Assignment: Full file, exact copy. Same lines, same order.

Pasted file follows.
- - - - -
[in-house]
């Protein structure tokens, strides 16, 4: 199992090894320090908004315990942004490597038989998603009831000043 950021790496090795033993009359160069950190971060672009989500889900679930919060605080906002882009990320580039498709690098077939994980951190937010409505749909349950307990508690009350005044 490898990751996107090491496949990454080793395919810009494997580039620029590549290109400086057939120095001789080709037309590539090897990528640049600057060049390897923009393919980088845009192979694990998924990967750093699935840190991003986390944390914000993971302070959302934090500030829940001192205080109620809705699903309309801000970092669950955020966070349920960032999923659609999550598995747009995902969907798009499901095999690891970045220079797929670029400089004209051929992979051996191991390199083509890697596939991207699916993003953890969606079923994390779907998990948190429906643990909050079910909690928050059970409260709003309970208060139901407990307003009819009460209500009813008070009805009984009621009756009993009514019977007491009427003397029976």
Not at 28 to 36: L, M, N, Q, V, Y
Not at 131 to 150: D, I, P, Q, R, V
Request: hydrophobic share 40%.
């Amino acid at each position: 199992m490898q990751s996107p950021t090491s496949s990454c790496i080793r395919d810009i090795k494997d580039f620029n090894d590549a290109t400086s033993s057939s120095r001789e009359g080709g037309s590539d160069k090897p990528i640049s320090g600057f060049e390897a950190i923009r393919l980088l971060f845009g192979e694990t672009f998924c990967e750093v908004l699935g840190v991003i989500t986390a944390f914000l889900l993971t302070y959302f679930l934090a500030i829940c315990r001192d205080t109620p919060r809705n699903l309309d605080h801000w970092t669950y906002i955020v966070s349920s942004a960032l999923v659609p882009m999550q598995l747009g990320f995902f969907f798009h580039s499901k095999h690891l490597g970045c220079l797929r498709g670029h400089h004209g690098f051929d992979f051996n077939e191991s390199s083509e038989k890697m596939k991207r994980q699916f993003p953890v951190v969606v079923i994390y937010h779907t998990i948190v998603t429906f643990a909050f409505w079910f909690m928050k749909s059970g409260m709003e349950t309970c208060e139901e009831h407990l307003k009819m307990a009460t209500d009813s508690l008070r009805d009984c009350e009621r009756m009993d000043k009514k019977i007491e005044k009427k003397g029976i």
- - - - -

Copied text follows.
[in-house]
């Protein structure tokens, strides 16, 4: 199992090894320090908004315990942004490597038989998603009831000043 950021790496090795033993009359160069950190971060672009989500889900679930919060605080906002882009990320580039498709690098077939994980951190937010409505749909349950307990508690009350005044 490898990751996107090491496949990454080793395919810009494997580039620029590549290109400086057939120095001789080709037309590539090897990528640049600057060049390897923009393919980088845009192979694990998924990967750093699935840190991003986390944390914000993971302070959302934090500030829940001192205080109620809705699903309309801000970092669950955020966070349920960032999923659609999550598995747009995902969907798009499901095999690891970045220079797929670029400089004209051929992979051996191991390199083509890697596939991207699916993003953890969606079923994390779907998990948190429906643990909050079910909690928050059970409260709003309970208060139901407990307003009819009460209500009813008070009805009984009621009756009993009514019977007491009427003397029976």
Not at 28 to 36: L, M, N, Q, V, Y
Not at 131 to 150: D, I, P, Q, R, V
Request: hydrophobic share 40%.
């Amino acid at each position: 199992m490898q990751s996107p950021t090491s496949s990454c790496i080793r395919d810009i090795k494997d580039f620029n090894d590549a290109t400086s033993s057939s120095r001789e009359g080709g037309s590539d160069k090897p990528i640049s320090g600057f060049e390897a950190i923009r393919l980088l971060f845009g192979e694990t672009f998924c990967e750093v908004l699935g840190v991003i989500t986390a944390f914000l889900l993971t302070y959302f679930l934090a500030i829940c315990r001192d205080t109620p919060r809705n699903l309309d605080h801000w970092t669950y906002i955020v966070s349920s942004a960032l999923v659609p882009m999550q598995l747009g990320f995902f969907f798009h580039s499901k095999h690891l490597g970045c220079l797929r498709g670029h400089h004209g690098f051929d992979f051996n077939e191991s390199s083509e038989k890697m596939k991207r994980q699916f993003p953890v951190v969606v079923i994390y937010h779907t998990i948190v998603t429906f643990a909050f409505w079910f909690m928050k749909s059970g409260m709003e349950t309970c208060e139901e009831h407990l307003k009819m307990a009460t209500d009813s508690l008070r009805d009984c009350e009621r009756m009993d000043k009514k019977i007491e005044k009427k003397g029976i």